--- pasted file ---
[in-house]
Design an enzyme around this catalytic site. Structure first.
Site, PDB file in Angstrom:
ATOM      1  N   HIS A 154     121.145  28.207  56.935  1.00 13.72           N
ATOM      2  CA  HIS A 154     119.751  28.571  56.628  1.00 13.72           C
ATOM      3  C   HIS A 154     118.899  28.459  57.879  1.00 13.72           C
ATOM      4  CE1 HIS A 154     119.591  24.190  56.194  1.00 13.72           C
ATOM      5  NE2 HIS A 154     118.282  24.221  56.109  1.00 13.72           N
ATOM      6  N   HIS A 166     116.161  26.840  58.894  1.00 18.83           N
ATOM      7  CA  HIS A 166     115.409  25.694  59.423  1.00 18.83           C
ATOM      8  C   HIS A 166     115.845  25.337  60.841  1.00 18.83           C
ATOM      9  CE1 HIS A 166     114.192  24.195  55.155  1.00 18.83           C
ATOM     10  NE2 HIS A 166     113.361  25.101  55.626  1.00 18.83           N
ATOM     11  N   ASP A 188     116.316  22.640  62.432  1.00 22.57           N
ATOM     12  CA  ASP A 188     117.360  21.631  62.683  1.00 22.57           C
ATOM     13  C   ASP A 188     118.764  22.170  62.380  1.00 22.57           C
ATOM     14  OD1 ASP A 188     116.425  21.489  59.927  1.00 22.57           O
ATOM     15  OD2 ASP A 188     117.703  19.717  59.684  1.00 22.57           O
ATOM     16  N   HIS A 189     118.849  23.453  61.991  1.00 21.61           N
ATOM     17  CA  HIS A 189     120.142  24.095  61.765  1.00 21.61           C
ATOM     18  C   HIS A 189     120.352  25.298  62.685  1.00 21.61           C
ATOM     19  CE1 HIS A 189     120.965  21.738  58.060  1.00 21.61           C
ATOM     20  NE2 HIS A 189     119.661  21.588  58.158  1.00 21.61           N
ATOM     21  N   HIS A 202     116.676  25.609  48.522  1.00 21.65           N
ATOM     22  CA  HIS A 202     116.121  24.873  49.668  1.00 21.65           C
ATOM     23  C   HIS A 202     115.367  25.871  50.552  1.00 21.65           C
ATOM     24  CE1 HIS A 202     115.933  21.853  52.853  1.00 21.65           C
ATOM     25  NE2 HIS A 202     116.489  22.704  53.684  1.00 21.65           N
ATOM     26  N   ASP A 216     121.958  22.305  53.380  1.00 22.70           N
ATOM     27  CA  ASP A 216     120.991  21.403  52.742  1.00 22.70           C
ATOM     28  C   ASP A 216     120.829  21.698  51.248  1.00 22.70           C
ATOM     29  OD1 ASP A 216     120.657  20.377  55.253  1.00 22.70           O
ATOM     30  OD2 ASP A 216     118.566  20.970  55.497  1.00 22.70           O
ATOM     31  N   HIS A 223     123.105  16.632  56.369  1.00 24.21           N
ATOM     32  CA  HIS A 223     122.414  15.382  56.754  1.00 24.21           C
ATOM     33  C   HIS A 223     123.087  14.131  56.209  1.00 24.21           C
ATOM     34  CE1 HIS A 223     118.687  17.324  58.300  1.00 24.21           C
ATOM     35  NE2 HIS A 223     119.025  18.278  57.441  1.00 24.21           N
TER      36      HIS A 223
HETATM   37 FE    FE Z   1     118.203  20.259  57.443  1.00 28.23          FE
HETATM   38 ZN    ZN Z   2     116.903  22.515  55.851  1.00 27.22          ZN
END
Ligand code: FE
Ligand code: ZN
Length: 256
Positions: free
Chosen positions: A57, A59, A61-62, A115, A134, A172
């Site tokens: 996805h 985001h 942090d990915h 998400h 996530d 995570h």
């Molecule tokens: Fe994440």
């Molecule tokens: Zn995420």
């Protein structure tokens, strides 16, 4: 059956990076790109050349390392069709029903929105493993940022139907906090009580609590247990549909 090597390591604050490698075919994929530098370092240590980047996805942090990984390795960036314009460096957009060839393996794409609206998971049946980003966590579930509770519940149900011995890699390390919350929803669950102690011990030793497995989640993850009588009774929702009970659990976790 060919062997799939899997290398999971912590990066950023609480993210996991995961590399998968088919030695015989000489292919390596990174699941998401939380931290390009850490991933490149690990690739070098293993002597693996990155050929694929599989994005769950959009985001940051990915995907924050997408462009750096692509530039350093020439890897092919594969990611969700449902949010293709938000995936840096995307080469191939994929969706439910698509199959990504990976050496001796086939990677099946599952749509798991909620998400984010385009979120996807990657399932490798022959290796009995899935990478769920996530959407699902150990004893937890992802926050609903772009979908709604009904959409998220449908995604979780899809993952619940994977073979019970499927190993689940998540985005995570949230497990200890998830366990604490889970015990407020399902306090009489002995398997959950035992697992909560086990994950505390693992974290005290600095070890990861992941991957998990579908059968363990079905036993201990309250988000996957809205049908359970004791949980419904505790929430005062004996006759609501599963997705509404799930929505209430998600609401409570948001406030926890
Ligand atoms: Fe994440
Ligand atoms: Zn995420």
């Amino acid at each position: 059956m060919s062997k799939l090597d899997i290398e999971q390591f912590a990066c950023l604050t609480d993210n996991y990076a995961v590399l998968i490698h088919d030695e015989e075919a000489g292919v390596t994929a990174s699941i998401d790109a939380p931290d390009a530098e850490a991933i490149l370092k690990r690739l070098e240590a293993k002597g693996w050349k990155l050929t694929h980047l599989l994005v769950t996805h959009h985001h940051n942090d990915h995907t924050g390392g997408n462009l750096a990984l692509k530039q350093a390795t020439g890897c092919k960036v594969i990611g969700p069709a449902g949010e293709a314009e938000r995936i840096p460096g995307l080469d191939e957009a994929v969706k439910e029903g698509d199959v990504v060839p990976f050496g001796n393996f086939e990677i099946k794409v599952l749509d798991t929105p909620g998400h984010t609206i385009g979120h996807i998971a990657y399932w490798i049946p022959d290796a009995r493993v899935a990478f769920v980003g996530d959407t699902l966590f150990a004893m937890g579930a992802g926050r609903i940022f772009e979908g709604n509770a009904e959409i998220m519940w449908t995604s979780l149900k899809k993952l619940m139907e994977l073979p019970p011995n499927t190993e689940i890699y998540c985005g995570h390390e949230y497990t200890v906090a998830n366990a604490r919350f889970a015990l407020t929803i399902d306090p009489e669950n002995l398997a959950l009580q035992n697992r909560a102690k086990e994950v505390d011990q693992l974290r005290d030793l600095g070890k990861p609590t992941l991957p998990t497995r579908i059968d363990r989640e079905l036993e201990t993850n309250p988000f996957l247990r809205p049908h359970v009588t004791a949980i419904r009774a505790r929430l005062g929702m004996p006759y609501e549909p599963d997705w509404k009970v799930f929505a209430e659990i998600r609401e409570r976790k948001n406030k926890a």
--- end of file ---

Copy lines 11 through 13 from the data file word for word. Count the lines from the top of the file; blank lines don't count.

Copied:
ATOM      8  C   HIS A 166     115.845  25.337  60.841  1.00 18.83           C
ATOM      9  CE1 HIS A 166     114.192  24.195  55.155  1.00 18.83           C
ATOM     10  NE2 HIS A 166     113.361  25.101  55.626  1.00 18.83           N